By Yuka Obayashi
TOKYO (Reuters) – Oil prices climbed on Tuesday, extending gains from the previous day, as optimism over the reopenings of the U.S. and European economies outweighed fears of slower fuel demand in Asia due to surging COVID-19 cases and a new wave of restrictions.
Brent crude oil futures were up 20 cents, or 0.3%, at $69.66 a barrel by 0231 GMT, while West Texas Intermediate (WTI) was up 19 cents, or 0.3%, at $66.46 a barrel.
Both contracts rose more than 1% on Monday.
“The market remained in a tight trading range amid the tug-of-war between worries over spreading coronavirus infection cases in Asia and optimism from economic reopenings in Europe and the United States thanks to vaccinations,” said Hiroyuki Kikukawa, general manager of research at Nissan Securities.
“Also, some expectations that negotiations between Iran and the United States may lead to a resumption of Iranian oil exports is limiting the upside of oil prices,” he said.
The British economy reopened on, giving 65 million people a measure of freedom after a four-month COVID-19 lockdown. And with accelerating vaccination rates, France and Spain have relaxed restrictions, and Portugal and the Netherlands have opened up travel.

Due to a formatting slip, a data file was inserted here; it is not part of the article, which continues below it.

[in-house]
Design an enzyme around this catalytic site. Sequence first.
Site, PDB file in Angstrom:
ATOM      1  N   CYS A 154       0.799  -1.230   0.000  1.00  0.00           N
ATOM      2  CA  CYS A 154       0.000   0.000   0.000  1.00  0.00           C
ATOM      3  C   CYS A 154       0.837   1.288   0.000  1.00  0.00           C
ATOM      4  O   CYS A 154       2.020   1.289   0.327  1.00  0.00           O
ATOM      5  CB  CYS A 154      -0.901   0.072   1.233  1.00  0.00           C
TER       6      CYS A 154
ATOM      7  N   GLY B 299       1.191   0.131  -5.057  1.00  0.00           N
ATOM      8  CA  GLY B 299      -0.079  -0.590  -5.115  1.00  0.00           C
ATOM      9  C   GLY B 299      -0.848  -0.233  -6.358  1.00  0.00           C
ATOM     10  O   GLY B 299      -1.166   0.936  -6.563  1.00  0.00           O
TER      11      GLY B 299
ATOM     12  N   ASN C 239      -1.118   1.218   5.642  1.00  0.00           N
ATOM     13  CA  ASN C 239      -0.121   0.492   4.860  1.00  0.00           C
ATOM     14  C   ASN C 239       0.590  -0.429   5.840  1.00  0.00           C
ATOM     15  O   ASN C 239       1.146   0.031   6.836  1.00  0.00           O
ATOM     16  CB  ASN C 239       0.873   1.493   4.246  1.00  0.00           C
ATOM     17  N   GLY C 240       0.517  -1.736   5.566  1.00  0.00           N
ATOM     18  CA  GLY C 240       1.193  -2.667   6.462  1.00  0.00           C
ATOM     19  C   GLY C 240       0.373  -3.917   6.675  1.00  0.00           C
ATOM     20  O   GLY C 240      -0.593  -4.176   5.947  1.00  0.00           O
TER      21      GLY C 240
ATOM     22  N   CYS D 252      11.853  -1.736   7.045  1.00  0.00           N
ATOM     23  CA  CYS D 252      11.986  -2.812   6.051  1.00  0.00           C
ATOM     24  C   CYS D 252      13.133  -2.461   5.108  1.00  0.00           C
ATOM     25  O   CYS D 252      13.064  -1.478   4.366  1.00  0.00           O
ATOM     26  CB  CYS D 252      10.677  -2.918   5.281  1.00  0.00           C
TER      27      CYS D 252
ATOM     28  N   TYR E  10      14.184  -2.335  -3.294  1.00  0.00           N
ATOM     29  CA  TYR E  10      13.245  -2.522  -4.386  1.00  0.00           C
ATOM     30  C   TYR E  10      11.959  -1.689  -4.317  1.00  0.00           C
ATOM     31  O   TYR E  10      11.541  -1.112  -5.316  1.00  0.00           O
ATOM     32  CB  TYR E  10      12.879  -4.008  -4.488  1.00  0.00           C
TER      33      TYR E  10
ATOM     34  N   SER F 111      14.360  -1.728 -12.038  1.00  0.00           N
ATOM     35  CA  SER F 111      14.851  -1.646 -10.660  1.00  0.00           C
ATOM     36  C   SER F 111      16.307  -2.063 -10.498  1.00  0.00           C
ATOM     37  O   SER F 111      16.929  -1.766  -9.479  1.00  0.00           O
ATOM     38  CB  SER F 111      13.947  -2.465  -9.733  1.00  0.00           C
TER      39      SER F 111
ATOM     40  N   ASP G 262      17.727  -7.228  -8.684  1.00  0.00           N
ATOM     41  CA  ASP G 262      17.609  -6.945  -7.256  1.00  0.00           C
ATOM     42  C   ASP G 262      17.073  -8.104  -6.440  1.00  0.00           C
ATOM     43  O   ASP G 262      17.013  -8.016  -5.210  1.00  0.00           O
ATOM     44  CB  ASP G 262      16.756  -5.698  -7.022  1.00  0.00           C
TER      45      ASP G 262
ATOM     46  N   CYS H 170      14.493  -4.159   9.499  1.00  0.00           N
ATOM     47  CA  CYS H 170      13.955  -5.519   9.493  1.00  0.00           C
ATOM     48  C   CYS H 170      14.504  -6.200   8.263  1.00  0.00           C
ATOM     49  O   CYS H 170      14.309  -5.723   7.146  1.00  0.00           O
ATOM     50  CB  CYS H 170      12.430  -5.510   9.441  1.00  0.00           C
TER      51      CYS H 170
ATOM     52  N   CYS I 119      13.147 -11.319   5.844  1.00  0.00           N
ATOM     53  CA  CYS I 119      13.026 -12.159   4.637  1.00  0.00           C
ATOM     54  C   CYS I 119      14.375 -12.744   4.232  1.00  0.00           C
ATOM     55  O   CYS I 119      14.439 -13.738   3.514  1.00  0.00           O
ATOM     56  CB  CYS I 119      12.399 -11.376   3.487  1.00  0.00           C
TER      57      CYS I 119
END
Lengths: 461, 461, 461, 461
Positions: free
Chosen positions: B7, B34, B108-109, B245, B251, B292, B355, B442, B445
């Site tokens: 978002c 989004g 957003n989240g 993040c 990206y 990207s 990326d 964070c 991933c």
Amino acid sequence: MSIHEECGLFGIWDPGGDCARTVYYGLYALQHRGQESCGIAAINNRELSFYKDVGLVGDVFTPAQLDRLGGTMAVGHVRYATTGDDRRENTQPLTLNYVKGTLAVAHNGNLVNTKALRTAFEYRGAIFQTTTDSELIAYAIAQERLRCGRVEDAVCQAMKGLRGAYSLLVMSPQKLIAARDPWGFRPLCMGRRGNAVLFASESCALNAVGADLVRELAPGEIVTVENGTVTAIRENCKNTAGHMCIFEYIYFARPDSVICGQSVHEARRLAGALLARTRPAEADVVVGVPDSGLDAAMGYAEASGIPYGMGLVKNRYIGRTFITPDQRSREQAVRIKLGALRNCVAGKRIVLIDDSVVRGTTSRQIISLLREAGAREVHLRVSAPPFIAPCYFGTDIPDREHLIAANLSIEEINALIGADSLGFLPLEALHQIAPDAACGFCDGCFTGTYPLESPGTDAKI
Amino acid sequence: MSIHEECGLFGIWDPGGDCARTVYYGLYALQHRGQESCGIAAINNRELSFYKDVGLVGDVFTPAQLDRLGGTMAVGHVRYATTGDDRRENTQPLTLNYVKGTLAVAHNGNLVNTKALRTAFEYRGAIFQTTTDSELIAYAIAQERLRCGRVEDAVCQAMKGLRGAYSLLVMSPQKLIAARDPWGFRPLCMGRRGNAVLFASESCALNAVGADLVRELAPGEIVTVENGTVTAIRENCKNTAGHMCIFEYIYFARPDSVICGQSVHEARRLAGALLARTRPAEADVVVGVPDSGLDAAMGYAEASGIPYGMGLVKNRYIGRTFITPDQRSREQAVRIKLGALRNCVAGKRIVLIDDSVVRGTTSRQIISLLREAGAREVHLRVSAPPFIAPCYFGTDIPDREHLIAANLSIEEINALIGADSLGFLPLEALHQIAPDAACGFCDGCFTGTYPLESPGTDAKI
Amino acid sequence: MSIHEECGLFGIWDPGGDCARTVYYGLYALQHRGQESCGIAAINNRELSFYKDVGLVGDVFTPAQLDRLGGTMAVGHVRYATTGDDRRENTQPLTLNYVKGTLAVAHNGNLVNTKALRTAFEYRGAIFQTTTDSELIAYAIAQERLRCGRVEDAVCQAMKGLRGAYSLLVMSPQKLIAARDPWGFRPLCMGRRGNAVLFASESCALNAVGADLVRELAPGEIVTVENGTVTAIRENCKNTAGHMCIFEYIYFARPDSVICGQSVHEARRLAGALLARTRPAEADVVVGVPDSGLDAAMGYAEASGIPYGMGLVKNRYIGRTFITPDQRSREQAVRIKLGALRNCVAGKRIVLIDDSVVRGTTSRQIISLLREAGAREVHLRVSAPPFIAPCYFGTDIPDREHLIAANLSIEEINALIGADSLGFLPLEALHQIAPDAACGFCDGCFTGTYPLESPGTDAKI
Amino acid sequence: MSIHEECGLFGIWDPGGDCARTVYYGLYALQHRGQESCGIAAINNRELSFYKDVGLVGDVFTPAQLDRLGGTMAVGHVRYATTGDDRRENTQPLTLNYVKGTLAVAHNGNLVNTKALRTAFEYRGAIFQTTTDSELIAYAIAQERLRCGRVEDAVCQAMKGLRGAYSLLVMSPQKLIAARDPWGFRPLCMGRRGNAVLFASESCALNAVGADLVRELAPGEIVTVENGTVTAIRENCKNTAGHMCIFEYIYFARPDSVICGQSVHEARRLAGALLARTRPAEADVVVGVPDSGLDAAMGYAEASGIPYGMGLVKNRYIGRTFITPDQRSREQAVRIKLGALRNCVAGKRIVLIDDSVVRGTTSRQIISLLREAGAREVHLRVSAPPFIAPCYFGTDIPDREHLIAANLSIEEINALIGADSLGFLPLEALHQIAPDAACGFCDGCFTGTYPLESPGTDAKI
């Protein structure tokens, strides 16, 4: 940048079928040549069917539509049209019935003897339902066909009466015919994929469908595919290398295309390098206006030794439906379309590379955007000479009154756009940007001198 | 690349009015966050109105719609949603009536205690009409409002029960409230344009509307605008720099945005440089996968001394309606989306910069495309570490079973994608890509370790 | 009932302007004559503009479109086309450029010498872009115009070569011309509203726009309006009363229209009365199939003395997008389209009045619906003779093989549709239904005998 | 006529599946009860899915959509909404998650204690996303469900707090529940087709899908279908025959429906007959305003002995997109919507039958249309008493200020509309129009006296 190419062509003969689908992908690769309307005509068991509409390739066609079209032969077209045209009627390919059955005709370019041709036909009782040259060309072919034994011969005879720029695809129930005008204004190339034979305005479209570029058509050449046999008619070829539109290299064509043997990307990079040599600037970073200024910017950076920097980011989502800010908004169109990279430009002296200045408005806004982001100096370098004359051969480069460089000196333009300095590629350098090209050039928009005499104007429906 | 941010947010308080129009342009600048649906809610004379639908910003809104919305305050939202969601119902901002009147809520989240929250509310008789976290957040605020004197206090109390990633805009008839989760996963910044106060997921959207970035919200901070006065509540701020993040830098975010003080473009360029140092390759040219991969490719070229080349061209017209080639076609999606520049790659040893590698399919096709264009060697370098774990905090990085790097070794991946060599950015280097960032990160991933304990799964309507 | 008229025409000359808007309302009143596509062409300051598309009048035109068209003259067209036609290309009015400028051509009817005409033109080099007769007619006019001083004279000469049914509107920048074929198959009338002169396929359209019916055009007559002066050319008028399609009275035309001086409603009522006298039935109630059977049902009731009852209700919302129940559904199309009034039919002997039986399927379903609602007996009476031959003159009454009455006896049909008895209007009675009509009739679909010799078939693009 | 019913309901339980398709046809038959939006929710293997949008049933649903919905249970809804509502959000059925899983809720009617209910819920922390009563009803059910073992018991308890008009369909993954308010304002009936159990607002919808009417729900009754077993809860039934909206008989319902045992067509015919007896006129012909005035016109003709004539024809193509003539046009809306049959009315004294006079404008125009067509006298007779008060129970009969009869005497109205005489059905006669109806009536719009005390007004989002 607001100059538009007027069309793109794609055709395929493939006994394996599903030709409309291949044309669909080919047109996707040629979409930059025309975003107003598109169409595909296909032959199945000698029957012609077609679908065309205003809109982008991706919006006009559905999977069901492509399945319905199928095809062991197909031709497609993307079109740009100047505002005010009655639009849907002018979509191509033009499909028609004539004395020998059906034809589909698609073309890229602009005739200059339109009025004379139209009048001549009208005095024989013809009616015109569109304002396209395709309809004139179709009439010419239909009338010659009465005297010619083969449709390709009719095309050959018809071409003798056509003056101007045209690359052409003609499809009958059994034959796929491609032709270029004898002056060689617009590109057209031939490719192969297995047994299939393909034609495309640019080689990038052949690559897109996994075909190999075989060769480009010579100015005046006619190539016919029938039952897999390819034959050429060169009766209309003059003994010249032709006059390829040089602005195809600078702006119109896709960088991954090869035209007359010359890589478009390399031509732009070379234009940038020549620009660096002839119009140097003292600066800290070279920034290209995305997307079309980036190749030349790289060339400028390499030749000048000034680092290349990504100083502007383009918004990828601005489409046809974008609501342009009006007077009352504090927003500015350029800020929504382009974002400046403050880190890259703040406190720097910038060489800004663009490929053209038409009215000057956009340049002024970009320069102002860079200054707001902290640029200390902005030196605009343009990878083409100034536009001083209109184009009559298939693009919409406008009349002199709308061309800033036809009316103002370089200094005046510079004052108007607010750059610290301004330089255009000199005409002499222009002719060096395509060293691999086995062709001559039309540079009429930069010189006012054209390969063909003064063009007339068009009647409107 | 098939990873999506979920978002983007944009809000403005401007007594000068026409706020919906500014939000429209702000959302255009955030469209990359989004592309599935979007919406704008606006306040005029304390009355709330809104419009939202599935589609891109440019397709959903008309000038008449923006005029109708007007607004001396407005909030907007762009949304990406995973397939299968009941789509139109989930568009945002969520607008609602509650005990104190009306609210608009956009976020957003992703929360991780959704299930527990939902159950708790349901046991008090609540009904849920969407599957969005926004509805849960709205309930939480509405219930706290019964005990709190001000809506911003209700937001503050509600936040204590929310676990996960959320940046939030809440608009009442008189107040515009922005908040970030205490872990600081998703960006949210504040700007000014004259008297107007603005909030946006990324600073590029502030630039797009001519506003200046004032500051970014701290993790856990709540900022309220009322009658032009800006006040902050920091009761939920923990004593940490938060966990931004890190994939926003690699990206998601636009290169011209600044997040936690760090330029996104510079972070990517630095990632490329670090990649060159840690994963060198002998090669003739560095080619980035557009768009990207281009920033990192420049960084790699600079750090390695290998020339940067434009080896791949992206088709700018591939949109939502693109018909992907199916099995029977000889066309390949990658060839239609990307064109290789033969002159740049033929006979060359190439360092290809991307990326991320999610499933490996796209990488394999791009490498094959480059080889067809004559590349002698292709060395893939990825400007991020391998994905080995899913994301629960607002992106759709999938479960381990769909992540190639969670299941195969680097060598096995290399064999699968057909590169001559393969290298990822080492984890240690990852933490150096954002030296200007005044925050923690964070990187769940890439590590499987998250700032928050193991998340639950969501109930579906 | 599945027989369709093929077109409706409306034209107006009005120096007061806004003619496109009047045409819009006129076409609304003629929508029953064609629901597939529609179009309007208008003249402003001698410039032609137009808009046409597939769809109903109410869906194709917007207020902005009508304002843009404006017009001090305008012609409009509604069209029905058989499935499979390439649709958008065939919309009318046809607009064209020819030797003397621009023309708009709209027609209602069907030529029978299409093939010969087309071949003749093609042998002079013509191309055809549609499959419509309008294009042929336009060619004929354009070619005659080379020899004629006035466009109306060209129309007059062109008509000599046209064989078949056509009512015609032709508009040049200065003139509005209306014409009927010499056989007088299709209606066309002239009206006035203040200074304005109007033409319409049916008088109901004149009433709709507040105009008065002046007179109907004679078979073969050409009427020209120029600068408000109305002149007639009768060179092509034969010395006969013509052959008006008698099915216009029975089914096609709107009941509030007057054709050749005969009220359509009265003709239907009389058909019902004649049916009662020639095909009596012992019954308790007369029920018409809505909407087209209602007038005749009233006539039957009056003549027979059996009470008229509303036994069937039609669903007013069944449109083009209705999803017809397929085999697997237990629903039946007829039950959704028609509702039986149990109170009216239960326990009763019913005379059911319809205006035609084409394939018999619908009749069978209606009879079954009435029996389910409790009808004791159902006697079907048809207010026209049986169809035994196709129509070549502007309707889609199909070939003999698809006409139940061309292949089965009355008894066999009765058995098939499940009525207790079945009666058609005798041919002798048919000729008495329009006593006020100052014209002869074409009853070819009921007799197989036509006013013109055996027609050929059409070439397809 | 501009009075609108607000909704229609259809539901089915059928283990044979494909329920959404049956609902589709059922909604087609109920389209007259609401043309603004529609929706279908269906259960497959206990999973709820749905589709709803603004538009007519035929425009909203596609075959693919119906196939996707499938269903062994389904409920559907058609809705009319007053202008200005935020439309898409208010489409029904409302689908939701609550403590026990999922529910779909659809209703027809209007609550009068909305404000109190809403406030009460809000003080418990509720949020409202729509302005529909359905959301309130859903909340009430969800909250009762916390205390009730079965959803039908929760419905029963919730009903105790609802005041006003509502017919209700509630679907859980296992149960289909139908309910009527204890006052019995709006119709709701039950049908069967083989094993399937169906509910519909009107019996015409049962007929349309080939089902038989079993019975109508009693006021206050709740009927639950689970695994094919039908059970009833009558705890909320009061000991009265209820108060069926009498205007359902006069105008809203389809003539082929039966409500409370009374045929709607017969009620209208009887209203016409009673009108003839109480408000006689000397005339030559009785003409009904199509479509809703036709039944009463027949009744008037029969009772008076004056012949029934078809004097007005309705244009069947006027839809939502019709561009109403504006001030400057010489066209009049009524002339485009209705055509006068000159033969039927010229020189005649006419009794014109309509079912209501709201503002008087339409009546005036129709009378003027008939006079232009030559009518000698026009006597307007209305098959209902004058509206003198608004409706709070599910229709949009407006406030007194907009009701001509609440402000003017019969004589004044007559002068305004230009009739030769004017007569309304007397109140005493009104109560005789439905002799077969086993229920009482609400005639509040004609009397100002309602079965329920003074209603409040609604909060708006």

In the United States, New York state will no longer require masks in most public spaces for people fully vaccinated against COVID-19 as of Wednesday, and other regions are opening up their economies as well.
In Asia in contrast, Singapore reported the highest number of local infections in months and Taiwan saw a spike in cases, and both countries have reinstituted lockdown measures.
In India, the second-hardest hit by the pandemic, domestic sales of gasoline and diesel by state refiners plunged by a fifth in the first half of May from a month earlier as pandemic lockdowns hit industrial activities and consumption, preliminary data showed on Monday.
With regard to the Iran-U.S. talks, as the United States tries to reinstate the 2015 Iran nuclear deal, it is tiptoeing through a minefield of sanctions put down by former U.S. President Donald Trump after he abandoned the deal three years ago.
(Reporting by Yuka Obayashi; Editing by Tom Hogue)